kristof.beyls (Kristof Beyls)
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Jun 18 2014, 12:59 AM (209 w, 4 d)

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Fri, Jun 22

kristof.beyls accepted D48077: [LNT] Allow --use-perf=profile and --run-under to work together.

It's clear from your description that the run_under _mutateCommandLine isn't a "private" function in the module as is, and therefore removing the under score makes sense to me.
Maybe it'd be better for the mutatePlan in perf.py to be implemented in a different way so that _mutateCommandLine really can be private in the run_under module.
I'm afraid I don't have enough experience here to know whether that would be a reasonable goal, implementable with reasonable effort.
I hope @MatzeB could share his opinion on this.

Fri, Jun 22, 12:05 AM

Fri, Jun 8

kristof.beyls created D47930: Make email options of find_interesting_reviews more flexible..
Fri, Jun 8, 12:07 AM

Mon, Jun 4

kristof.beyls accepted D47581: [LNT] Fix use of field index in daily report.

LGTM.

Mon, Jun 4, 6:06 AM

Fri, Jun 1

kristof.beyls added a comment to D47581: [LNT] Fix use of field index in daily report.

Maybe the best way to test this is to add a helper function in tests/server/ui/V4Pages.py to extract the full content from a specific field from the table (i.e. including all HTML tags) and check against exact HTML content?

What do you think - would that be feasible and useful to implement?

After trying some things I think it will be easier to extract just the destination of the links and check that those are correct, especially as it's just the destination of the links that was wrong.

Fri, Jun 1, 7:48 AM

Thu, May 31

kristof.beyls added a comment to D47581: [LNT] Fix use of field index in daily report.

Hi John,

Thu, May 31, 5:24 AM

May 17 2018

kristof.beyls added a comment to D46192: Script to match open Phabricator reviews with potential reviewers.

Oh - and I indeed also ran the source code through YAPF - thanks for that pointer, I didn't know that existed.

May 17 2018, 3:10 AM
kristof.beyls updated the diff for D46192: Script to match open Phabricator reviews with potential reviewers.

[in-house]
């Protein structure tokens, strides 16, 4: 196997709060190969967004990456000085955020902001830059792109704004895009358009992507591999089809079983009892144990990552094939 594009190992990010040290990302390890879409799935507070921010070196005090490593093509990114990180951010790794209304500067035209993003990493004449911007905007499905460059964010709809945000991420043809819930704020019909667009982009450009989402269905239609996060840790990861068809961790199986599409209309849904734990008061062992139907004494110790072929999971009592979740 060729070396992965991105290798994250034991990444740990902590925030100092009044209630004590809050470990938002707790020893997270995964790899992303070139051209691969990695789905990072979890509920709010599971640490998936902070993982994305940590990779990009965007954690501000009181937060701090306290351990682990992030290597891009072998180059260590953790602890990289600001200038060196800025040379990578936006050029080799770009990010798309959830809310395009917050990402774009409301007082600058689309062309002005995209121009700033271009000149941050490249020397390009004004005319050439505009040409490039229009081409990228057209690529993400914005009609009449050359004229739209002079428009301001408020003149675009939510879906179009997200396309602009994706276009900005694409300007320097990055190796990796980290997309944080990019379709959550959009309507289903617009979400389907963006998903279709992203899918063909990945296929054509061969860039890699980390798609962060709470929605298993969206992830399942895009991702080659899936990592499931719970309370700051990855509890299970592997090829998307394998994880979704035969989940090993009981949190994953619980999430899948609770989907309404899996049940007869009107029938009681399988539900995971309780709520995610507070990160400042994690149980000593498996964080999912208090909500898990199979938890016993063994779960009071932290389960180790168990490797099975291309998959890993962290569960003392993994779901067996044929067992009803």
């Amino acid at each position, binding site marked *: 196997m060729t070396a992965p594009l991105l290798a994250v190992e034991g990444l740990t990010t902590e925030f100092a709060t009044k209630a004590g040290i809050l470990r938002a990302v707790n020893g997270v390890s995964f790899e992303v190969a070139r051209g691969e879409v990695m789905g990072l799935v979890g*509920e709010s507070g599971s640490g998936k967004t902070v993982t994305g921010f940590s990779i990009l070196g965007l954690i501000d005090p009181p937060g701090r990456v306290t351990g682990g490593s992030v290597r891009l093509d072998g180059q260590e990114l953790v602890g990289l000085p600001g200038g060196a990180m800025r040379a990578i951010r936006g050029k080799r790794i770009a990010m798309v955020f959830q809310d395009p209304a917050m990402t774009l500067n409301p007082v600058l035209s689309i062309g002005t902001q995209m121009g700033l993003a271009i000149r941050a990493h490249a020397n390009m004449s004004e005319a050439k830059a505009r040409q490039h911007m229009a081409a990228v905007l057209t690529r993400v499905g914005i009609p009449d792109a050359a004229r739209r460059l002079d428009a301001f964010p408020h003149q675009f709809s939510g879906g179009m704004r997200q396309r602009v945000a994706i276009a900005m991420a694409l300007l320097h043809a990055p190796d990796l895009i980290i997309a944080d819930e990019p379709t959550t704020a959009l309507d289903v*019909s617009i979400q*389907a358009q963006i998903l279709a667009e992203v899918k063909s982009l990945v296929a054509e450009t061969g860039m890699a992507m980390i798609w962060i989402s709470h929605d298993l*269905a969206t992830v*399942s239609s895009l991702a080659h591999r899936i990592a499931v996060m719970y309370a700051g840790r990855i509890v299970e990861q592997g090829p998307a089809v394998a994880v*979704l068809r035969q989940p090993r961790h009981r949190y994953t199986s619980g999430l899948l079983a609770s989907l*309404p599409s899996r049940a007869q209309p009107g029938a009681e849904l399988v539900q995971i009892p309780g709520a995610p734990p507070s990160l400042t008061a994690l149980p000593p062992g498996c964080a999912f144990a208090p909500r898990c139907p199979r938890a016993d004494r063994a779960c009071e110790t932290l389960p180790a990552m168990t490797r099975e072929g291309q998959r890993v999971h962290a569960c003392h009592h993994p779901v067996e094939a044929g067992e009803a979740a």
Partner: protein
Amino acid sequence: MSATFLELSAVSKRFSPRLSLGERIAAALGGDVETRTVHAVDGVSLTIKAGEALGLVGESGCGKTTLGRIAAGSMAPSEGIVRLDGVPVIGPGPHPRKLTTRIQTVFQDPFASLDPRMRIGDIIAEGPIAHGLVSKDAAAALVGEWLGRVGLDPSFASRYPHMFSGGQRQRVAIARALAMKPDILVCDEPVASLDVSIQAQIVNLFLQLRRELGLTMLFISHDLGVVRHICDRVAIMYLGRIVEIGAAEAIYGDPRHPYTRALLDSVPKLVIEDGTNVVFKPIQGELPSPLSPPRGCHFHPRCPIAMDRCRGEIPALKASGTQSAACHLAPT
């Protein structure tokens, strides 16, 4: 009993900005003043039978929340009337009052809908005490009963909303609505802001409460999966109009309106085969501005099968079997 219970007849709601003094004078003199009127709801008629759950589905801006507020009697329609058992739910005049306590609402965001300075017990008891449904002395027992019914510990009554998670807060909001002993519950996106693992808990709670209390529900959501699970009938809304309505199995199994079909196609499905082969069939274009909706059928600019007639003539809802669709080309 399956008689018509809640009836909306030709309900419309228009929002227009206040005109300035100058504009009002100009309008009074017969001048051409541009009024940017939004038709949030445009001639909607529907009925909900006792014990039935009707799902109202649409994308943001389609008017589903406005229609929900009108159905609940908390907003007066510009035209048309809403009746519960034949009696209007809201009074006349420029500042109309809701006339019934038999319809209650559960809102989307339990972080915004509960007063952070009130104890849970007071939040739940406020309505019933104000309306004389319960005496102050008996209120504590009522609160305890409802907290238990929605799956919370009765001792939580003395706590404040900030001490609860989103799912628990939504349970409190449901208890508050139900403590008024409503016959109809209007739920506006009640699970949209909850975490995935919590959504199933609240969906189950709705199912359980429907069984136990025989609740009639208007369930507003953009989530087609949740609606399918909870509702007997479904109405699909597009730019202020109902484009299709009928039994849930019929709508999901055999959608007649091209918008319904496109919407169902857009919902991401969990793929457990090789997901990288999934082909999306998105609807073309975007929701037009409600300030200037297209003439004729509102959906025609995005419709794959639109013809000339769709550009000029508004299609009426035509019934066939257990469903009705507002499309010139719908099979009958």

Many thanks for the detailed review, Jonas!
I think I've addressed all your comments - very useful feedback!

May 17 2018, 3:08 AM

May 14 2018

kristof.beyls added a comment to D46714: [test-suite] Add list of programs we might add..

It does seem like a wiki would be nice to maintain this kind of information. In the absence of that, I think that a file in the test-suite repository, or a page in www are about equally easy/hard to maintain: it requires commit access to make any changes.
A file in www in theory could be more visible as it becomes part of the llvm.org web pages. That being said, source code is also viewable online, so it's easy to browse this text too.

May 14 2018, 11:51 PM
kristof.beyls added a comment to D45000: [LNT] fix some typos/dead code.

@MatzeB Is there something else I should do for this to be commited? First time using the Phabricator so I'm a bit unfamiliar with the process.

May 14 2018, 1:30 AM

May 7 2018

kristof.beyls added inline comments to D46192: Script to match open Phabricator reviews with potential reviewers.
May 7 2018, 7:50 AM
kristof.beyls updated the diff for D46192: Script to match open Phabricator reviews with potential reviewers.
May 7 2018, 7:48 AM
kristof.beyls updated the diff for D46192: Script to match open Phabricator reviews with potential reviewers.

Updating diff to make it add the script to llvm/utils/Reviewing.
I chose to put it in a new folder "Reviewing", since ideas for further scripts related to reviewing have been made on this thread.

May 7 2018, 6:37 AM
kristof.beyls accepted D46433: [LNT] lnt profile upgrade command for large Spec2017 perf.data aborts.

I hope that in the long run, we can get rid of this cPerf.cpp C++ implementation, and instead make use of "perf data convert --to-ctf" to convert perf.data files into a CTF format which should be easier to parse in python.
At the time this C++ implementation was added, the "perf data convert --to-ctf" functionality tended not to be compiled in to perf as distributed by the main linux distros.
Looking at a reason stack overflow issue about this suggests that the situation may not have changed much (https://stackoverflow.com/questions/43576997/building-perf-with-babeltrace-for-perf-to-ctf-conversion), hence we'll probably need this C++ implementation for some time to come.

May 7 2018, 3:12 AM

May 1 2018

kristof.beyls added a comment to D46192: Script to match open Phabricator reviews with potential reviewers.

This should probably go into llvm/utils, not the root.

It would also be good to have the opposite script - "given git diff / commits, whom should i add as reviewers?"

I once wrote the following one-liner to do this. It works pretty well but it can be *very* slow. It will suggest a top 10 of reviewers for your staged changes.

git diff --name-only --cached | xargs -n 1 git blame --porcelain | grep \"^author \" | sort | uniq -c | sort -nr | head -10

It could evaluate CODE_OWNERS.txt, git log / git shortlog -sne of the changed files, git blame.

May 1 2018, 6:46 AM
kristof.beyls added a comment to D46192: Script to match open Phabricator reviews with potential reviewers.

Hi Kristof. Thanks for this.

One more heuristic that might help getting quick reviews:

  1. If there is overlap between the files touched by the patch-under-review and and a 'reviewer' of recent changes to same file, that person may be a good reviewer.

    This heuristic is helpful where original implementor may have moved on, but new active reviewers in same area are happy to review. Some commit messages have 'reviewers' listed and that could be used.
May 1 2018, 6:45 AM
kristof.beyls added a comment to D46192: Script to match open Phabricator reviews with potential reviewers.

Do you plan on actually commiting this to the repository, or would you like any feedback nontheless?

May 1 2018, 6:44 AM